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Suicide in Korea

Yonhap, Via Associated Press

High Profile Suicides

This topic has been on my mind lately simply because this past week has been filled with stories of well-known people committing suicide. Just this morning I read that Seoul United FC football player Chung Jong-kwan had hung himself in what many believe to be because of his involvement with a match-fixing scam.

What initially caught my attention to the high suicide rate in South Korea was reading this initial article last Monday about Song Ji-seon, a presenter on a cable sports channel who got some attention earlier this month when she  put  a message on Twitter hinting at plans to kill herself, causing a wave of people to contact authorities who then went and found her asleep after she had taken some sleeping pills. Last Monday she finally claimed her life by jumping from the window of her apartment. The reason? A rumored romance with Doosan Bears pitcher Im Tae-hoon, that he has denied.


Destination: Korea Queer Culture Festival 2011

Author’s note: in compliance with the requirements to photograph the event, all faces have been blurred to an unrecognizable level, and names of the performers were not revealed. While Korea has a few gay celebrities, the stigma is such that one might lose their job, their position in the family, and more just for being gay / lesbian / bisexual / transgendered.


Top 10 Strange Korean Foods



Korea is famous for Kimchi and Bulgogi, but is also home to a variety of lesser known dishes that are definitely worth tasting. Here's a list of the oddest foods available in Korea, a must try for everyone visiting the peninsula!
 

10 - Intestine Blood Sausage with Vermicelli (순대-Soondae)


10 Mag's May Cover Story: The Way of Tea


ARKP Episode 12 – Do We Want More than Just Idol Music?


99:46 minutes (45.68 MB)

This week’s events have brought the show down to a bit of a sad note, but I hope you don’t let that stop you from enjoying the show as usual.

Download link for Episode 12

News:


DMZ Panmunjom Tour

Tuesday 24th May, 2011

I was fortunate enough to get a seat to do the DMZ/ Panmunjom Tour at the last minute. These tours book out months in advance and when I found out we were going to Seoul, Tiger told me about this tour that Barry, her husband did a few years back. On the tour, they take you to the border, where North and South Korea meet. With abit of research, I found afew tour companies that did this tour. I heard great reviews about one company in particular called USO, but unfortunately, they were completely booked out. So I emailed a few other agencies and TOURDMZ got back to me a day before we set out to Seoul. They told me there was one available seat for Tuesday 24th and all I needed to do was send back a reconfirmation email and my name would be down for the tour. I could pay my W120,000 fee on the day. I just had to remember to bring my passport with me. Sweeeeet! I was SO EXCITED!!!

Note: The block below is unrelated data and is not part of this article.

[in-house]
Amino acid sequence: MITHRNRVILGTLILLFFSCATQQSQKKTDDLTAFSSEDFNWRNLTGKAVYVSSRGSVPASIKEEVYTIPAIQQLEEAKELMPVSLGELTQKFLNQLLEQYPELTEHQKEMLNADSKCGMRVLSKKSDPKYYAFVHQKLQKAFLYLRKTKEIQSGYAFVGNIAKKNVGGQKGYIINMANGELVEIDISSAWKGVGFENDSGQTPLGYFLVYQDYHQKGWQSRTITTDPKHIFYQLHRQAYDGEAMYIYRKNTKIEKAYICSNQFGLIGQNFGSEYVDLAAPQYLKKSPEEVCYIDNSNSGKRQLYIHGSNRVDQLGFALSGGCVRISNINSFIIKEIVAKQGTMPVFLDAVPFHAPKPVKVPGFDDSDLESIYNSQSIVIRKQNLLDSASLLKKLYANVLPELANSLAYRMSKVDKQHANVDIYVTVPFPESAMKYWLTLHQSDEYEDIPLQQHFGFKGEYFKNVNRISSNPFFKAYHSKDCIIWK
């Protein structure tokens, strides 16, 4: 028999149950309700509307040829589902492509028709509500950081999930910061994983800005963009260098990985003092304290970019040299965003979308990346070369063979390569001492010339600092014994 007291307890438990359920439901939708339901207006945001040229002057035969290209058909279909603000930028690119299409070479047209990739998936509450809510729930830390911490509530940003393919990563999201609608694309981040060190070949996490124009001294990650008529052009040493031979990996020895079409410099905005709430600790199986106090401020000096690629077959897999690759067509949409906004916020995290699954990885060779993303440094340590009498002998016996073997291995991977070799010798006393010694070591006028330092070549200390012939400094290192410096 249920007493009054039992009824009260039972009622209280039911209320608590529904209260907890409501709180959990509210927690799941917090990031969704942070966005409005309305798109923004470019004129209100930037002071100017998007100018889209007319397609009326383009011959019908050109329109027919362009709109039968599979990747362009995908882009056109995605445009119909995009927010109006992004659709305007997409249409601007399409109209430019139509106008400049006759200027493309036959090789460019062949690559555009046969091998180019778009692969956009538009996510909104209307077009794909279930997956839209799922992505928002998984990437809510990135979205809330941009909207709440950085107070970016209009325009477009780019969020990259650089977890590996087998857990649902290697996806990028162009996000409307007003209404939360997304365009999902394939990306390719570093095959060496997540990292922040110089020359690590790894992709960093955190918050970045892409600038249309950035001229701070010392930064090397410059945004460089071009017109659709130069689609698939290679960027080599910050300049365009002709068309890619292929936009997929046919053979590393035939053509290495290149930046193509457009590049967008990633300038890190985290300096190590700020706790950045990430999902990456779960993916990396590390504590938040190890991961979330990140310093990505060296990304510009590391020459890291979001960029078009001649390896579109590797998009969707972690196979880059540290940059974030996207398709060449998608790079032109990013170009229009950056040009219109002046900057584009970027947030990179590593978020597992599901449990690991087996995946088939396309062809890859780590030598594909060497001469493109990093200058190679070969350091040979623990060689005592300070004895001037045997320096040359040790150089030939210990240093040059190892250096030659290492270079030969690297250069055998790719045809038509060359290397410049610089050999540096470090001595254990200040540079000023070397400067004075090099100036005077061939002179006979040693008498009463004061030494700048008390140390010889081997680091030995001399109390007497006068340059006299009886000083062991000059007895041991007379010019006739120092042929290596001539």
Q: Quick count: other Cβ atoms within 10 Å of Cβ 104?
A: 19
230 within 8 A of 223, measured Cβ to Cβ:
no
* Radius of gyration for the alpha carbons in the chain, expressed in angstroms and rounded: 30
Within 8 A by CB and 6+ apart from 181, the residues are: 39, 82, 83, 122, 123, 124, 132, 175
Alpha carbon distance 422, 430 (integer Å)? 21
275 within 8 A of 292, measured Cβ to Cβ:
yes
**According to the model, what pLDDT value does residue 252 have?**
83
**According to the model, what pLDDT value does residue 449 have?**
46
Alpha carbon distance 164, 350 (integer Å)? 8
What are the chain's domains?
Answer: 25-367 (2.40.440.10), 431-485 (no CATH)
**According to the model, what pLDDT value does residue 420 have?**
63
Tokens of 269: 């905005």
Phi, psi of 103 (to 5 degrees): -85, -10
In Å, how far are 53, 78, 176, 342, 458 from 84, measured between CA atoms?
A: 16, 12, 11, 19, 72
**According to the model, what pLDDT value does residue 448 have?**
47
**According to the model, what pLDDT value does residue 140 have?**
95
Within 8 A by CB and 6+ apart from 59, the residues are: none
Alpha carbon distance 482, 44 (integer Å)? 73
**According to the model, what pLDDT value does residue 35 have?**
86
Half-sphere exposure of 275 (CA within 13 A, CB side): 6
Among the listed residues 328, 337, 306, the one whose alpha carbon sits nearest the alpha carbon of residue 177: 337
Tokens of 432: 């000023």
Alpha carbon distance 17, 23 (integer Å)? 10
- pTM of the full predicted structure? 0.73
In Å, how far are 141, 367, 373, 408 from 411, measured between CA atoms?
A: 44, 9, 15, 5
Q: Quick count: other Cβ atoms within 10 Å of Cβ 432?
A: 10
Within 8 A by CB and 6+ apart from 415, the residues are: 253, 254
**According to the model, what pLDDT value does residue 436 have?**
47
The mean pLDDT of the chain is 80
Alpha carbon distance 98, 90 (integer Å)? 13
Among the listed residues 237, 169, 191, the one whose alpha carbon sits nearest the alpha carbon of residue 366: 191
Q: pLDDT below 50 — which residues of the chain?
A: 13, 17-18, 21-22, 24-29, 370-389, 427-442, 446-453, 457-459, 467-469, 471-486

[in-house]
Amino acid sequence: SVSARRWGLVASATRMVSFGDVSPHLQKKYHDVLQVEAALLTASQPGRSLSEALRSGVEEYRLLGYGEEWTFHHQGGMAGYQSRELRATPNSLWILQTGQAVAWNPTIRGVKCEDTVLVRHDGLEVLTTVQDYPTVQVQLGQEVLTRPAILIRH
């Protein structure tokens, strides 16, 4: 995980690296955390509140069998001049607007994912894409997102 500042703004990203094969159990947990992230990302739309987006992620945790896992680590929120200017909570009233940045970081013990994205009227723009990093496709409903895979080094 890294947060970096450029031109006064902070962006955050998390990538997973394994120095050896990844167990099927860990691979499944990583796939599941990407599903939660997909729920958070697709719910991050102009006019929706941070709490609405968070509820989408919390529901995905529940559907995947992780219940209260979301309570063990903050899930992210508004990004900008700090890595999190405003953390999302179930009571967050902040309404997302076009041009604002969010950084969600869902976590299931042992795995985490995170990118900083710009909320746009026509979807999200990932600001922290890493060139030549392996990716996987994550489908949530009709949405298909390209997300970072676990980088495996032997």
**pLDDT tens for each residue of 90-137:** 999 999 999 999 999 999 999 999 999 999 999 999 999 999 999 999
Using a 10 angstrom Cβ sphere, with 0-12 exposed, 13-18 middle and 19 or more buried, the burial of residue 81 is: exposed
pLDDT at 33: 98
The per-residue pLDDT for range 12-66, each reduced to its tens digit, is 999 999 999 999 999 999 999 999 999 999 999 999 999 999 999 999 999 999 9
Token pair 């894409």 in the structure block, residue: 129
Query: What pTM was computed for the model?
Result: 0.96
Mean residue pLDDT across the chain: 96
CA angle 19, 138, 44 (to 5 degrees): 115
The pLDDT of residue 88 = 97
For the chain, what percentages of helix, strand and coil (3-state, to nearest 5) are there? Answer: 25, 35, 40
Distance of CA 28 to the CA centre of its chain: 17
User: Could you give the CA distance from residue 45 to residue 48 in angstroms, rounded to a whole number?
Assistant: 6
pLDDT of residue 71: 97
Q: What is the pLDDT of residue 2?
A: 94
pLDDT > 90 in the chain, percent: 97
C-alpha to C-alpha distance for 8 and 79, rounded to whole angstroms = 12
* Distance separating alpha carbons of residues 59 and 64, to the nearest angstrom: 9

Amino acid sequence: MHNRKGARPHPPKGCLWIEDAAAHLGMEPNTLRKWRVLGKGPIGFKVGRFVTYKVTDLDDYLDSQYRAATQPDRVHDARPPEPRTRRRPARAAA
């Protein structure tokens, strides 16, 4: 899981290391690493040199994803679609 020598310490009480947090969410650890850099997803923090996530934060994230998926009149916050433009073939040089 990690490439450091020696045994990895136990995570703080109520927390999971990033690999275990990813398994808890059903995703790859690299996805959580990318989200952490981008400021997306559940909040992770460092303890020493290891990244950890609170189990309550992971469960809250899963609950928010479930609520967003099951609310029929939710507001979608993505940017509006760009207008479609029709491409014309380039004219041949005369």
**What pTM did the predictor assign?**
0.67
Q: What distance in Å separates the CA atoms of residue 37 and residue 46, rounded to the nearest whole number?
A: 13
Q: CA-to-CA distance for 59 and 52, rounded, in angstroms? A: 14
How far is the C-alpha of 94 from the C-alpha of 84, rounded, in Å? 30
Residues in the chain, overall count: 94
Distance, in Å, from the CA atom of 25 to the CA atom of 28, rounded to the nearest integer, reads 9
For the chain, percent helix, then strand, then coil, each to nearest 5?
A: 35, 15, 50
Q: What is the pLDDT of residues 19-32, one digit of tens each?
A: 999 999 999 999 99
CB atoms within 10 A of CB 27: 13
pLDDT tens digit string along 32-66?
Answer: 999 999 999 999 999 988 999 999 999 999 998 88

Busan Annual Softball Charity Event (Spots available)

Date: 
Sunday, June 12, 2011 - 09:00

Busan Annual Charity Softball Event

On June 12th and possibly the 18th, I'll host the annual charity event with all proceeds going to the Shin-Ae Rehabilitation Center and Orphanage. Its always a lot of fun and we get a great turn out and raise a lot of money for people who do great work. I have a lot of roll-over teams and space is limited but Im attempting to expand the event (notice the 'possibly'), so I'm soliciting interest and we'll see what happens. You can sign up as a single player, a group or a whole team.


Busan Port's New Home


12 Rules for Expat Life in Korea Contd.

Today has seen the Korean blogosphere dancing in the delights of this recent article of sorts on CNNgo.

Shocking stuff altogether.

Fortunately a few bloggers have jumped to protect Korea because Korea is such a wonderful perfect place that has never done anything wrong and shouldn’t be criticised for the realities its society presents. Grrrr. What I couldn’t get over was the general belief that this post was taken so seriously and the defence of Korea was so patriotic. So in defence of decency I will try to add my own flavour and sense of balance to this debate.

But first take a moment to read what has already been said:

Roboseyo: CNNgo Trolls Bloggers; 12 ACTUALLY useful tips for Expat life.

Re: 12 rules for expat life in Korea | Chris in South Korea – Travel and life in Korea.

12 Rules for Expats in Korea | David S. Wills.

Of course, no one here is right or wrong. It’s just … well… so what? As David S. Wills makes the point, anyone who reads the CNNgo post will – hopefully – realise that this is a little bit of jolly finger-pointing…at least I think that’s the point he made (I only had a few minutes to read so I read quickly, as in quicker than ‘scan’ reading).

Anyway, the balancing act courtesy of me. Drum rolls please!!!!

1. Learn to Drink Like a Fish – Yes, do! You’ll have a great time. Forget about how much Koreans drink – I don’t think most of these other bloggers have ever seen how much English teachers in Korea drink! And, on that point, I am assuming that the people who move to Korea are adults and can make their own decision as to how much they drink. My personal preference is to drink as much as I can and learn from your mistakes (I always try to smile and say please and thank you). I am assuming you, the reader, have strong enough self esteem to make your own decisions. 


 

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